Voting hour changes, tax rebates among new laws

About two dozen new laws go into effect with the dawning of 2013, including those that reduce voting hours and beef up fraud-fighting in a program that provides food benefits to the poor.

Yet others provide tax rebates for those who donate to certain private and parochial school tuition organizations, and aim at keeping sex offenders out of public libraries.

Backers say the tax rebate of up to 95 percent of what donors give would provide another option for low- and middle-income students to escape failing public schools.

The law changes were among the 876 approved by the Legislature. Most went into effect soon after the session ended. Others had later implementation dates included in them for a variety of reasons.

Louisiana voters will notice several changes in the New Year.

Polls won’t open until 7 a.m., instead of the traditional 6 a.m. for future Saturday elections. The polls will still close at 8 p.m.

The Legislature voted to shave an hour off voting times after Secretary of State Tom Schedler sought relief for precinct workers and provided statistics showing that few people showed up during the first hour of voting.

The first election with the new 7 a.m. start time is a special March 2 election to fill a Louisiana House vacancy created with the resignation of state Rep. Clif Richardson, R-Central, according to state Elections Commissioner Angie Rogers.

Voters should also find it easier to understand what they are voting on when local governments pursue bond and tax propositions as well as issues such as one approved last fall on the issue of whether there should be term limits for school boards.

Rogers said the new law requires propositions to be written in the form of a question in “simple, unbiased, concise and easily understood language.” The text can be no longer than 200 words.

Currently, the propositions are summarized and can be no longer than 400 words.

Another change is designed to “more accurately reflect” the political affiliation of candidates and voters, said Rogers.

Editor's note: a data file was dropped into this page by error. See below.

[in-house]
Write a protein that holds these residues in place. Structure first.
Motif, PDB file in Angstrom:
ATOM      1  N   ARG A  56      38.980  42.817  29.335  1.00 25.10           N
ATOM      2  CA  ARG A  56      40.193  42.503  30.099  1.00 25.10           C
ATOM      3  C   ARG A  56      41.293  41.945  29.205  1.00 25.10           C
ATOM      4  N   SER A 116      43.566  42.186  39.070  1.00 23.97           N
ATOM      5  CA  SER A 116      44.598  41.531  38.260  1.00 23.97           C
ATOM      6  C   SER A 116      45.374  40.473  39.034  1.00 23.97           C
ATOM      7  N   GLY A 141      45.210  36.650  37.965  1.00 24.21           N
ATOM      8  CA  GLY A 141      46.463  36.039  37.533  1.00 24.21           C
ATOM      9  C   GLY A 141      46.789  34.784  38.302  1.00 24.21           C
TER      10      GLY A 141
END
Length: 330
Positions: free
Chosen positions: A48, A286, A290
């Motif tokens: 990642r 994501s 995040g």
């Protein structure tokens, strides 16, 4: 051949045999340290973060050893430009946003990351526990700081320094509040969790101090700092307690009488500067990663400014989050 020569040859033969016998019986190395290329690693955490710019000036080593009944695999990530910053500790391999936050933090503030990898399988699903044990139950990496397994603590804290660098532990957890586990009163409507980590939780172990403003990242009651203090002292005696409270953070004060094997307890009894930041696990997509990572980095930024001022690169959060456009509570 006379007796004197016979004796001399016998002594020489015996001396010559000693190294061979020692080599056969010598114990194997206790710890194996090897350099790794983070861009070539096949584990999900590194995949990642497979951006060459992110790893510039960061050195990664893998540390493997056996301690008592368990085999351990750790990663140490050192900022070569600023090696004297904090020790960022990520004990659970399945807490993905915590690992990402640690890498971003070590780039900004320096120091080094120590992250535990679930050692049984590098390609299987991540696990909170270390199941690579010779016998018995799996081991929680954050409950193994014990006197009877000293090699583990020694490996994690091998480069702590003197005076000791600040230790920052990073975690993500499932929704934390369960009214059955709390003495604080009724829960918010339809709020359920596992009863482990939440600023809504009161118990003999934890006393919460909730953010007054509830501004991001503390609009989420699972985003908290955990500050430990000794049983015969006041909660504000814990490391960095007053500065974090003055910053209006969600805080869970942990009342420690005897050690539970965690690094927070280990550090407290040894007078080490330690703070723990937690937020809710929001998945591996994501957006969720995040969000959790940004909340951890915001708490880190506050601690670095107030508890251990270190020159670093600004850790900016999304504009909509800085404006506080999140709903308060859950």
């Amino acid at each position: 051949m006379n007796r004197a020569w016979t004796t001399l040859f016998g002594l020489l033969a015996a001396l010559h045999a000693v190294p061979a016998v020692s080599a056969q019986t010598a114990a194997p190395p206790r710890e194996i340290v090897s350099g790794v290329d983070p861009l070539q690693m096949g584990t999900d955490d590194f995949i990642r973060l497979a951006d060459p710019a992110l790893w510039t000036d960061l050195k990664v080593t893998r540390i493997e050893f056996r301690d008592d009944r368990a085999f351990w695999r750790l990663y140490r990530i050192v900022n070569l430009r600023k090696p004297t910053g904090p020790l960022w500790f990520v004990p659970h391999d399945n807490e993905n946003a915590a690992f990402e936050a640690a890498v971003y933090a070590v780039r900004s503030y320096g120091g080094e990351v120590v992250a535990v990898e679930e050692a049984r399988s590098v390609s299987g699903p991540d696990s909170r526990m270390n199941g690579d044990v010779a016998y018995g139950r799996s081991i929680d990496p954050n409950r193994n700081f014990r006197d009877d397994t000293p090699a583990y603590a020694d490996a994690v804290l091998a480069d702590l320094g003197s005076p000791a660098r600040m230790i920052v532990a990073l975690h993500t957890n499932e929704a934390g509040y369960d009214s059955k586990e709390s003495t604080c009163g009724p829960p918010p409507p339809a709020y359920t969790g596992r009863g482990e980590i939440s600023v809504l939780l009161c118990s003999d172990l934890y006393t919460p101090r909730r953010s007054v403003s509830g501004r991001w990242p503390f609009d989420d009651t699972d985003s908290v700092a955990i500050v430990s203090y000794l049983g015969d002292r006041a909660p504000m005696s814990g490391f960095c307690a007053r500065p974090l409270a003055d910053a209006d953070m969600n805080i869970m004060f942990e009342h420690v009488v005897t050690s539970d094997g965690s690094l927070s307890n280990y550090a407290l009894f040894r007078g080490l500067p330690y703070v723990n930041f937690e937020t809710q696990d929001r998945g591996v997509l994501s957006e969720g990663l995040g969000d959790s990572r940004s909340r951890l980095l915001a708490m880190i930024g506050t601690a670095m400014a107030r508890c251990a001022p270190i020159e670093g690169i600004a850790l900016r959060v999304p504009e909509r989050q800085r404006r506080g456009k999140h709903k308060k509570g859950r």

“Everybody on the ballot will have a description now,” she said.

Those who are members of a recognized political party — Democrat, Republican, Libertarian, Reform and Green — will have that affiliation on voting machines, voter registration cards and other identifications like today. Voters who have registered as members of other non-recognized parties will have an “other” designation. Everyone else will have a “no party” moniker.

“Previously, only recognized parties and no party had a designation on the ballot,” Rogers said.

Meanwhile, major fraud-fighting changes are occurring in Louisiana’s “Supplemental Nutrition Assistance Program,” called SNAP. The program previously was known as Food Stamps.

SNAP benefits that averaged $297.94 went to 431,345 households in November. The federal benefits cost $128.5 million in November alone.

“We think we are probably the first in the nation having a mandated reporting law,” said Trey Williams, communications director for the Department of Children and Family Services.

The law requires state agency employees, SNAP retailers and their employees as well as adult household members of benefit recipients to report potential abuse or face a fine of not less than $250 or more than $5,000.

“It could be someone decided to sell their benefits or possibly not including everyone on their card,” said Williams.

The new law also increases penalties for unauthorized use of SNAP or access devices to not less than a $5,000 fine nor more than $1 million or imprisonment of six months to ten years, or both.

“This is in those situations where larger amounts have been stolen,” said Williams.

Williams pointed to a recent case in Lake Charles where an individual had created a business and was paying benefits 50 cents to the $1. “He had defrauded the government over $1 million,” Williams said.